AstroAI is a perfect choice for all basic functions, plus the ability to export data to a computer. A big display with a backlight enhances visibility and speed. Other valuable features of the device are:
Even non-tech users who wish to store data in a computer can take advantage of AstroAI MUS10KRD's features.
Astro AI Multimeters
Extech EX330 is convenient, easy to handle, and incorporates multiple functions. The device has a fully digital multimeter and a non-contact voltage detector. So, both AC/DC voltages are taken with high accuracy. The EX330 also performs diode tests, continuity tests, and measures resistance. Some notable features of the device are:
The features above provide top-notch accuracy and convenience for electrical functions.
Below are the basic steps to check whether your appliance is faulty with a multimeter.
A low reading means that the tested element is in perfect condition. Conversely, a higher or infinity reading means the tested part is defective.
Most multimeters do an excellent job, but each has different pros and cons. Here are some typical multimeters and the pros and cons of the multimeters discussed above.
The upsides of the above multimeter include:
The downsides of the Fluke 117 digital multimeter include the high cost and lack of milli amp/micro amp range.
Kaiweets HT118A boasts the following benefits.
The disadvantages of Kaiweets HT118A include the relatively short probes, dim flashlights, and the large size.
Some top conveniences that Etekcity offer include:
Unfortunately, the rotary dial on the device can be complex to operate with one hand. Besides, the multimeter is heavier than many other designs.
The upsides of Fluke 107 are:
On the down side, Fluke 107's continuity tone isn't loud enough for use in commercial work sites. Also, the multimeter doesn't come with a carrying case.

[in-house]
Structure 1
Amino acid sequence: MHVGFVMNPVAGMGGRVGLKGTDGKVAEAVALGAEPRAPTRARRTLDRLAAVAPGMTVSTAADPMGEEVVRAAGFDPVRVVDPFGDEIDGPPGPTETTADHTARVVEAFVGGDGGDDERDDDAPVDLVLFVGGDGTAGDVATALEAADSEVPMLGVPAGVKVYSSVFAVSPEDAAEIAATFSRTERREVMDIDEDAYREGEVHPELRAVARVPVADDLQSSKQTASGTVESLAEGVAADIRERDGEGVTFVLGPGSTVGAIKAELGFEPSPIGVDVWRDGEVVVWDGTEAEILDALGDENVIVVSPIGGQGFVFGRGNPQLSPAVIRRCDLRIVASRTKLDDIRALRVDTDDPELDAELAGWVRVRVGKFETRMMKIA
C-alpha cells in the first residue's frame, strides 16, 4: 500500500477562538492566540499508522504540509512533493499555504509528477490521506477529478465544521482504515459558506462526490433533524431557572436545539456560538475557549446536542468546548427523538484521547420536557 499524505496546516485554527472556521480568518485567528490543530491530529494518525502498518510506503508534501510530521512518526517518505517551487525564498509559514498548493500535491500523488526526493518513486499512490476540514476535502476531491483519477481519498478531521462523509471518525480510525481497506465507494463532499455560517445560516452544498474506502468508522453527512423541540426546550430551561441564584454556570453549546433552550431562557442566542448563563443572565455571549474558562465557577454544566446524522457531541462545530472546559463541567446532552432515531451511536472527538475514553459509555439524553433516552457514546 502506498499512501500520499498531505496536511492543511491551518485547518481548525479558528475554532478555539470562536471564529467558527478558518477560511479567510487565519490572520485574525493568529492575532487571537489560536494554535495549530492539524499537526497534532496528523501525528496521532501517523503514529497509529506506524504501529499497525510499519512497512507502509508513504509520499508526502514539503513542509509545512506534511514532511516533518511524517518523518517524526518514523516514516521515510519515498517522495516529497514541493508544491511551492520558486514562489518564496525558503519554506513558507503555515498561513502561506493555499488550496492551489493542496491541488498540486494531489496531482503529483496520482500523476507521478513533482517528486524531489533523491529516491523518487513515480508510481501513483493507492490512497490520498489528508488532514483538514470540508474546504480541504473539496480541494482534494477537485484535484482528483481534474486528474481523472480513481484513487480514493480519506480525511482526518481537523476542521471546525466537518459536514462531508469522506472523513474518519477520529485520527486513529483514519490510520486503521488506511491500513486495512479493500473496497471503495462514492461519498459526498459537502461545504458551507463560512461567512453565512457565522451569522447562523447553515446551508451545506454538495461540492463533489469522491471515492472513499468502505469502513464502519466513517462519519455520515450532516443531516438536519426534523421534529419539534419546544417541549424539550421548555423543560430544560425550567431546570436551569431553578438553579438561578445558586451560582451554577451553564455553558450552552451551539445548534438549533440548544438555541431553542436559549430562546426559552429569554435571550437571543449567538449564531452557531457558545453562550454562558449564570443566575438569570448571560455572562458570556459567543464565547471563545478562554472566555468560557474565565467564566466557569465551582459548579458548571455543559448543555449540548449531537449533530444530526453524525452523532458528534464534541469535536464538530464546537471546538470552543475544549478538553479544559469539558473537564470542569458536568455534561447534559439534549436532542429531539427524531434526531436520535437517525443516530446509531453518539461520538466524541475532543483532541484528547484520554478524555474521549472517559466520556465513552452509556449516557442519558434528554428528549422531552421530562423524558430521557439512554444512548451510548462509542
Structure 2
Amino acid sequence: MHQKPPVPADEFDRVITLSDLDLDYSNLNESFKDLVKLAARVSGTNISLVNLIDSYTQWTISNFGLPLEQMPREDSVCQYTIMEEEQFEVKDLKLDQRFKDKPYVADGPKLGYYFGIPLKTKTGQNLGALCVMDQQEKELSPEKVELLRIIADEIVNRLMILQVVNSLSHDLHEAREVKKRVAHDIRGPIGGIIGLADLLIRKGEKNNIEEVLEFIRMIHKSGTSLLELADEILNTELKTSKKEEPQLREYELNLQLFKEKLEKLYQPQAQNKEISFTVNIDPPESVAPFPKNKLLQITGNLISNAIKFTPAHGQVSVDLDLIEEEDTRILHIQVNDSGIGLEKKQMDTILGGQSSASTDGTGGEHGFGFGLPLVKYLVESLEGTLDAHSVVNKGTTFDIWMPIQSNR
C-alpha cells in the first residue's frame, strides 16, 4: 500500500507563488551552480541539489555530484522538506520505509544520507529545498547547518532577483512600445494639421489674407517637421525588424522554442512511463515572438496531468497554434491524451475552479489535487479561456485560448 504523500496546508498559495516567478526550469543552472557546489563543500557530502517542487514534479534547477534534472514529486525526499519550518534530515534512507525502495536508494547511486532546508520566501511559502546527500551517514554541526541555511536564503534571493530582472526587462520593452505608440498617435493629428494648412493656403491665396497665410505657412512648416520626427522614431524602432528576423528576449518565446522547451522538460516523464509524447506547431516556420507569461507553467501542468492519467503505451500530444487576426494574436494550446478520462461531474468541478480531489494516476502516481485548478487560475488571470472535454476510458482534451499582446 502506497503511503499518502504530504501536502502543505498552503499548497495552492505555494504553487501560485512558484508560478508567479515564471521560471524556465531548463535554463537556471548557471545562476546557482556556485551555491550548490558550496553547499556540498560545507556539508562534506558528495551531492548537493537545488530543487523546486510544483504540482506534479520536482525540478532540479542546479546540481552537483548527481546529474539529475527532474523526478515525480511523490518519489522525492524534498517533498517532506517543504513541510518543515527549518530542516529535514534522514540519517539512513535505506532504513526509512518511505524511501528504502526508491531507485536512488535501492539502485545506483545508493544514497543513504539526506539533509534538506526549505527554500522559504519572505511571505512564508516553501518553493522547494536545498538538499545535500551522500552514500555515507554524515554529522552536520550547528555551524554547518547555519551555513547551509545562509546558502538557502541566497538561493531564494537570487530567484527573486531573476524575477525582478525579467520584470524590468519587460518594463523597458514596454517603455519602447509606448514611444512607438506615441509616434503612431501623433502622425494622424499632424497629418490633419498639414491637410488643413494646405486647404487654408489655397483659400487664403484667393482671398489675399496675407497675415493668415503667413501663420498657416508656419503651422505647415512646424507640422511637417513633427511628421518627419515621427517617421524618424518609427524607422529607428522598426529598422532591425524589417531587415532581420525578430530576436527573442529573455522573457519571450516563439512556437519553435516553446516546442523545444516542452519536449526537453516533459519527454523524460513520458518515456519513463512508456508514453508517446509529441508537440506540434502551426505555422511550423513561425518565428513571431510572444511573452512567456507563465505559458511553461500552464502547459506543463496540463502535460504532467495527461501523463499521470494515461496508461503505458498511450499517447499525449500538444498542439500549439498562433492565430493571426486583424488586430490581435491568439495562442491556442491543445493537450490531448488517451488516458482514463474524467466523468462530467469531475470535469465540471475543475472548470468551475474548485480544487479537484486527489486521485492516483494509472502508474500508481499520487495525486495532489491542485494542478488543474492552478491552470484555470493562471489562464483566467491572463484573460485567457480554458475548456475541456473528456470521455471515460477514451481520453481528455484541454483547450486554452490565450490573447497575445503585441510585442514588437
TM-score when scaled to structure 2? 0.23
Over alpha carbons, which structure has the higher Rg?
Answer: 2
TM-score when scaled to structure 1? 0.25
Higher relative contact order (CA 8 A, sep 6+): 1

The device above offers the following advantages.
Unfortunately, the test leads have short metal strips and lack blacklights.
Here are four highlights of AstroAI MUS10KRD.
On the downside, the device needs many batteries to be fully functional. AstroAI MUS10KRD doesn't also measure microamps.
Frequently Asked Questions About Multimeteres
You’ll use a digital multimeter to measure voltage, current, capacity, resistance, and continuity. A clamp can measure much higher amperage than a multimeter, and you don’t have to power down your appliance when measuring amps with clamp meters as you do with a multimeter. The clamp meter doesn’t require you to touch an active conductor - which greatly reduces the chances of electrical shock.
Fluke video describing the difference between a multimeter and a clamp meter
A multimeter is a device that provides accurate current measurement in appliances. The device usually has a dial, display, and two test probes — black and red probes — attached with wires. A multimeter probe sends power through an appliance to check for a complete electrical current flow.
A damaged part in a broken appliance isn't easy to diagnose with bare looks. A multimeter comes in handy to pinpoint the faulty part of a defective appliance. Multimeters usually test faults in the following three ways.